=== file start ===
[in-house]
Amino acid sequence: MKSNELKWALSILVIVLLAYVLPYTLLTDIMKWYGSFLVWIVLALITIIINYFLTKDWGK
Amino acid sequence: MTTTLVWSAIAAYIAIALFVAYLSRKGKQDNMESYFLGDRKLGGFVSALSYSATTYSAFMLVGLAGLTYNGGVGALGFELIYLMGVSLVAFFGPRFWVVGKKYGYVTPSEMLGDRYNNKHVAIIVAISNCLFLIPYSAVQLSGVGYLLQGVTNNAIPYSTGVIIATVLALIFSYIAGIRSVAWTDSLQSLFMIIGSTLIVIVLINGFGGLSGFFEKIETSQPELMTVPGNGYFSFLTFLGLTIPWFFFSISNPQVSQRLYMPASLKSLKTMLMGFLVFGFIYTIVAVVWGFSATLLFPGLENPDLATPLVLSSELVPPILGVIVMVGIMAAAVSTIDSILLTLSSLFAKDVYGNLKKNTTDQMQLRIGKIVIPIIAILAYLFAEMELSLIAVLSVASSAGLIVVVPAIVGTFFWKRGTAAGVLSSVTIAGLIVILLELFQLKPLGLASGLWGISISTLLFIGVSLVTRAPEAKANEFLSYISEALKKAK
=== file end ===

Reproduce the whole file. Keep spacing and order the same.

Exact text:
[in-house]
Amino acid sequence: MKSNELKWALSILVIVLLAYVLPYTLLTDIMKWYGSFLVWIVLALITIIINYFLTKDWGK
Amino acid sequence: MTTTLVWSAIAAYIAIALFVAYLSRKGKQDNMESYFLGDRKLGGFVSALSYSATTYSAFMLVGLAGLTYNGGVGALGFELIYLMGVSLVAFFGPRFWVVGKKYGYVTPSEMLGDRYNNKHVAIIVAISNCLFLIPYSAVQLSGVGYLLQGVTNNAIPYSTGVIIATVLALIFSYIAGIRSVAWTDSLQSLFMIIGSTLIVIVLINGFGGLSGFFEKIETSQPELMTVPGNGYFSFLTFLGLTIPWFFFSISNPQVSQRLYMPASLKSLKTMLMGFLVFGFIYTIVAVVWGFSATLLFPGLENPDLATPLVLSSELVPPILGVIVMVGIMAAAVSTIDSILLTLSSLFAKDVYGNLKKNTTDQMQLRIGKIVIPIIAILAYLFAEMELSLIAVLSVASSAGLIVVVPAIVGTFFWKRGTAAGVLSSVTIAGLIVILLELFQLKPLGLASGLWGISISTLLFIGVSLVTRAPEAKANEFLSYISEALKKAK